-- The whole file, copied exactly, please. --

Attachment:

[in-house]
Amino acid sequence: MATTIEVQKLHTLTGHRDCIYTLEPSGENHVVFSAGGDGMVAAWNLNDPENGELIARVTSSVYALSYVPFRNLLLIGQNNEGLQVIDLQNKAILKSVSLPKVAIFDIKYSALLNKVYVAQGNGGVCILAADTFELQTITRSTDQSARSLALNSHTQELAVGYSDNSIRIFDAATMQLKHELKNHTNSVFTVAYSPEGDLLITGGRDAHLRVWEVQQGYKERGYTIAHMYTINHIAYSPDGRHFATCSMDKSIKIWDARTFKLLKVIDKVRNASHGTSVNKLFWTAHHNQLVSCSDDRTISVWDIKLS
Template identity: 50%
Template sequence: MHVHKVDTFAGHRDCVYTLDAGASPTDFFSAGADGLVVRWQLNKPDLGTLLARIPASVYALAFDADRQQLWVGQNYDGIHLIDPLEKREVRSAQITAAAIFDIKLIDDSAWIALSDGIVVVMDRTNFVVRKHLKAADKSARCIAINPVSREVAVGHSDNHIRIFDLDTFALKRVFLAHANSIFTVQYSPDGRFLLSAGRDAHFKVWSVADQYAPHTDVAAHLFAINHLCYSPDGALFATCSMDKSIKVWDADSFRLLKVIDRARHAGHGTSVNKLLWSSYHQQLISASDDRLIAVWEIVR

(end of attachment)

[in-house]
Amino acid sequence: MATTIEVQKLHTLTGHRDCIYTLEPSGENHVVFSAGGDGMVAAWNLNDPENGELIARVTSSVYALSYVPFRNLLLIGQNNEGLQVIDLQNKAILKSVSLPKVAIFDIKYSALLNKVYVAQGNGGVCILAADTFELQTITRSTDQSARSLALNSHTQELAVGYSDNSIRIFDAATMQLKHELKNHTNSVFTVAYSPEGDLLITGGRDAHLRVWEVQQGYKERGYTIAHMYTINHIAYSPDGRHFATCSMDKSIKIWDARTFKLLKVIDKVRNASHGTSVNKLFWTAHHNQLVSCSDDRTISVWDIKLS
Template identity: 50%
Template sequence: MHVHKVDTFAGHRDCVYTLDAGASPTDFFSAGADGLVVRWQLNKPDLGTLLARIPASVYALAFDADRQQLWVGQNYDGIHLIDPLEKREVRSAQITAAAIFDIKLIDDSAWIALSDGIVVVMDRTNFVVRKHLKAADKSARCIAINPVSREVAVGHSDNHIRIFDLDTFALKRVFLAHANSIFTVQYSPDGRFLLSAGRDAHFKVWSVADQYAPHTDVAAHLFAINHLCYSPDGALFATCSMDKSIKVWDADSFRLLKVIDRARHAGHGTSVNKLLWSSYHQQLISASDDRLIAVWEIVR